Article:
BASH: Of course.

SCIUTTO: -- in the U.S. Intelligence Community is when you're standing on the world stage --

BORGER: No question.

SCIUTTO: -- next to the leader of the world power. I know you are not disagreeing with me. I'm saying, whatever damage control the president or his team thinks they're accomplishing, the consequential moment was yesterday or, in fact, the previous week when he was meeting with U.S. allies who were concerned about the Russia threat and was singling out U.S. allies as somehow a threat to the U.S. That was the consequential time. So it's a difficult hole to dig yourself out from after missing that opportunity be at this.

BALDWIN: Let me add one more voice to this panel.

Gloria Borger is joining us from Washington.

Gloria, to recap the bits and pieces, the president says he has full faith and confidence in the U.S. Intelligence Community. He's acknowledging that Russia meddled in the U.S. election in 2016 but saying there was no collusion. Dana says total damage control. What say you?

GLORIA BORGER, CNN CHIEF POLITICAL ANALYST: I don't think it's enough. He'll blame the media. We're waiting for that.


BORGER: I think, look, he understands that everybody, including his best friends, are saying that he was an embarrassment yesterday, and he doesn't like that. So he is saying, you know, I trust our intelligence agencies but, by the way, I'm not giving up on this, there was no collusion, because he can't get past his own nose. So he really -- I mean, it may be an attempt to try and walk things back and for Donald Trump, as Dana says, is probably a lot but, you know.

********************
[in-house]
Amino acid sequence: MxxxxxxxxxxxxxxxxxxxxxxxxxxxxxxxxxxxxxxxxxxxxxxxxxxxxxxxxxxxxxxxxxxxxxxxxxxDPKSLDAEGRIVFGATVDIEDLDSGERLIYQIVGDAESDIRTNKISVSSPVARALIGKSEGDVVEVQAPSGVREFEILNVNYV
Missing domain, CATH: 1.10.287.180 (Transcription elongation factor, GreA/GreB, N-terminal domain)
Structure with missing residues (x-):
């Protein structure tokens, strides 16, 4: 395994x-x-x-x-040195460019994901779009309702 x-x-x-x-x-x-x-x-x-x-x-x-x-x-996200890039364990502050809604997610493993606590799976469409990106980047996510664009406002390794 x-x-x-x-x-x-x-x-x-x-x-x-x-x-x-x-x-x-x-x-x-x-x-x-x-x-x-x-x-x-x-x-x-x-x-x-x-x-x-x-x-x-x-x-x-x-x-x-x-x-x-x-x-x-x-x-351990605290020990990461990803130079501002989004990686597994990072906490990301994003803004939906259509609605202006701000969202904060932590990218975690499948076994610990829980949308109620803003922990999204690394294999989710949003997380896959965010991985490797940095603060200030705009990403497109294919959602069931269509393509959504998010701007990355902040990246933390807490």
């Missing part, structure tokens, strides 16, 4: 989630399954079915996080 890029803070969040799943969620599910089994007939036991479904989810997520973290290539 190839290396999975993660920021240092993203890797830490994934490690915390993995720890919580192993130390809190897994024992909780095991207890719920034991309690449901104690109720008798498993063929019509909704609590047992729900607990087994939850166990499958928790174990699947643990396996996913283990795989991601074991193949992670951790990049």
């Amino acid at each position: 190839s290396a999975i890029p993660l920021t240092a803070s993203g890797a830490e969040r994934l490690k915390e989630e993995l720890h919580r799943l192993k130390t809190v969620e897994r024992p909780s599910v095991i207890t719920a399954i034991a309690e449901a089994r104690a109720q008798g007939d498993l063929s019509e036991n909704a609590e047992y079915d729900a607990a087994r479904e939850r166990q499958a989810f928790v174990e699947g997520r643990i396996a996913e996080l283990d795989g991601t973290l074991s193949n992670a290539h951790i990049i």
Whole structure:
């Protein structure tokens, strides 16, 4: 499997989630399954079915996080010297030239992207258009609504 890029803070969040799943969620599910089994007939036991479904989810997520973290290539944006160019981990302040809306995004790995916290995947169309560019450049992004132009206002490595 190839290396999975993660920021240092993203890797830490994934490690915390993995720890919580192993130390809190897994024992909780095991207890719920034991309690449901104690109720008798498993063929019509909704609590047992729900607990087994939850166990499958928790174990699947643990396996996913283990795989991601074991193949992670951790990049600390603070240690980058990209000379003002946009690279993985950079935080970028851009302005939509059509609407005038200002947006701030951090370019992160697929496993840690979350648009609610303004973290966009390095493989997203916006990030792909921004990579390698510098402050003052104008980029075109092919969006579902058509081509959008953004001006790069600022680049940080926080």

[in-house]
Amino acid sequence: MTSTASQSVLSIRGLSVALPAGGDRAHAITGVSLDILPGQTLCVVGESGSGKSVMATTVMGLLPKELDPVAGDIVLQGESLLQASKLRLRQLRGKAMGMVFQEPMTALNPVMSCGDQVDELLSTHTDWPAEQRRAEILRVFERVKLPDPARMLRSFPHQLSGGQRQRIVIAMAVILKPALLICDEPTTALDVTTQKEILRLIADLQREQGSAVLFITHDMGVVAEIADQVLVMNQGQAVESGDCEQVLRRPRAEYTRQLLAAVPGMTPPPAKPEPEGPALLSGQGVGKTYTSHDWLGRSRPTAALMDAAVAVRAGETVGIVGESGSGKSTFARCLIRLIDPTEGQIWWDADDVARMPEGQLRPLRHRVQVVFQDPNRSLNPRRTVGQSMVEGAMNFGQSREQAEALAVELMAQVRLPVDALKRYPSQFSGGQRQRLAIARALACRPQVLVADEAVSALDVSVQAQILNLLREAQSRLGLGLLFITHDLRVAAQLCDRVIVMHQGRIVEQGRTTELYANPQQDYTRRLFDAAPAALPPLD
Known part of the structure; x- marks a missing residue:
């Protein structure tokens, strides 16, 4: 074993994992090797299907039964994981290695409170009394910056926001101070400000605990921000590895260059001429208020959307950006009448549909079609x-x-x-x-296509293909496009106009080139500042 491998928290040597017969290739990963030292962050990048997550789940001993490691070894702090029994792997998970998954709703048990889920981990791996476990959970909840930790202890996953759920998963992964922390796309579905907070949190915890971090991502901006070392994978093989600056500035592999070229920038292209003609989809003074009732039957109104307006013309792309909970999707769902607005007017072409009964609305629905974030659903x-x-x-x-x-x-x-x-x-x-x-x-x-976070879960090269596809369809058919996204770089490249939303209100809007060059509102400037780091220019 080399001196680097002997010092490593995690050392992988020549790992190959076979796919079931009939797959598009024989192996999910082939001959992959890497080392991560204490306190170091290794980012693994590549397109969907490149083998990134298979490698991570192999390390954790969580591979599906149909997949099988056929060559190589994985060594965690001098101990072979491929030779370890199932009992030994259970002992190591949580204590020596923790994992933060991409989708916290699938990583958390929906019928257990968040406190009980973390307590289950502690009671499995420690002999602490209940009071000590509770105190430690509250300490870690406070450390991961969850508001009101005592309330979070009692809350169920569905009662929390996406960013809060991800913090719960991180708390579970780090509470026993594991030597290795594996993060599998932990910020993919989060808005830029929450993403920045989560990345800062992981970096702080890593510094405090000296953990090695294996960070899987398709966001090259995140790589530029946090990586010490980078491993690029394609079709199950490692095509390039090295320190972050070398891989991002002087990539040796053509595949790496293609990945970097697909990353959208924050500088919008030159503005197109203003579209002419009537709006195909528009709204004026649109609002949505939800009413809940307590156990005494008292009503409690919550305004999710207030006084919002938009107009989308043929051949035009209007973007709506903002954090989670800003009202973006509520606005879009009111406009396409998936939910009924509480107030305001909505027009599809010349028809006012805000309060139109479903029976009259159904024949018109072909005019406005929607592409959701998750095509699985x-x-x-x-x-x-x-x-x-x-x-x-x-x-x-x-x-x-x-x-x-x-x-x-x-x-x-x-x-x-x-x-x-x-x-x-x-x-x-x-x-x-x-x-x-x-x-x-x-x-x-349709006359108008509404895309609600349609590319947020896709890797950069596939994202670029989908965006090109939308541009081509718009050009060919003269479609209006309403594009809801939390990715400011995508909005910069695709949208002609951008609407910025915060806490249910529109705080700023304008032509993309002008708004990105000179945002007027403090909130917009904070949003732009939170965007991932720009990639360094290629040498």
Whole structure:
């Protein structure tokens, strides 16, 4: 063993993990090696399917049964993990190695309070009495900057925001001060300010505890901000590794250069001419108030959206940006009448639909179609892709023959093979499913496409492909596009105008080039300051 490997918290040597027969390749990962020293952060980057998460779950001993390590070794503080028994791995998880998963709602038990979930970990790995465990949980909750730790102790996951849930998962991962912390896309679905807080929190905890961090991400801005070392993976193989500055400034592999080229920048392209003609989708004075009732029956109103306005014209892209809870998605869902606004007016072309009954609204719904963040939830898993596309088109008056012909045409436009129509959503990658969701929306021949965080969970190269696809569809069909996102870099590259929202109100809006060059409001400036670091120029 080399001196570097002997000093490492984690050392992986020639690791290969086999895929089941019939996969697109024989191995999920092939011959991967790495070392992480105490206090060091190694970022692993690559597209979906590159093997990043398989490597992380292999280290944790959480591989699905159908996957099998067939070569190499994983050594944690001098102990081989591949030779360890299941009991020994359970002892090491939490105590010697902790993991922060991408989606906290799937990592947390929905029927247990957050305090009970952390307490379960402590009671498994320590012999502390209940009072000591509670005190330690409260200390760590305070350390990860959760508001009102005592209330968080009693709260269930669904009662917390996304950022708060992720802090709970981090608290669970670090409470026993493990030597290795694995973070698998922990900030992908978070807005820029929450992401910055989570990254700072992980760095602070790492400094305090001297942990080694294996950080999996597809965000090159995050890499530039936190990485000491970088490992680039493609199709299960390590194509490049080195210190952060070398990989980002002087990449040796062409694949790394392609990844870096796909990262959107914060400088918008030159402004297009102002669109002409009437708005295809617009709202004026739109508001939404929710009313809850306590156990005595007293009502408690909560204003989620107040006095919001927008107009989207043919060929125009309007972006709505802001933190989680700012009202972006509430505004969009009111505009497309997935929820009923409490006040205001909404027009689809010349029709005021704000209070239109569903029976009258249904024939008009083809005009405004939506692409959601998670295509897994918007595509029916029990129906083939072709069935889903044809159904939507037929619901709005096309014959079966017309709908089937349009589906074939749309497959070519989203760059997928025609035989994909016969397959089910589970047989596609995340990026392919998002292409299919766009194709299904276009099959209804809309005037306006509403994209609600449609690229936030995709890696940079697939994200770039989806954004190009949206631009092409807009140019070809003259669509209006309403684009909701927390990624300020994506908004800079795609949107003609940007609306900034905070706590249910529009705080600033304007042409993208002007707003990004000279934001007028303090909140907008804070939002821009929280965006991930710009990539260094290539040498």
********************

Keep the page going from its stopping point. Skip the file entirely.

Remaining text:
What good -- honestly, what good does it do? He stood next to Vladimir Putin. He said he was powerful in his denial of any election meddling and we should stop using the word meddling, by the way, because it was an attack on the United States of America, an attack on our democracy. Meddling makes it sound too tiny.


[14:35:20] BALDWIN: I think it's the word he used.

BORGER: Yes. Exactly. Exactly. That's the only word he will use.


BORGER: So I think, yes, it's an attempt to walk it back because everybody on his staff was flummoxed. They knew he had to do something but he can't quite get to the 100 percent, right? He can't mention -- he can't mention Russia hacking into the election without mentioning the word collusion because, when all is said and done, it just comes back to Donald Trump personally.

BALDWIN: Let me get more of an international perspective.

Nic Robertson is still live in Helsinki right where the president made those disgraceful comments standing with Vladimir Putin.

And I'm wondering, Jim Sciutto was absolutely spot on in saying it's one thing where he could have said, you know, that Russia, his word, meddled, the proper word, Gloria's word, attacked the elections. Should have said it standing next to Putin now is saying it to a closed-door room with reporters. Do you agree that criticizing Putin now just doesn't have the same effect?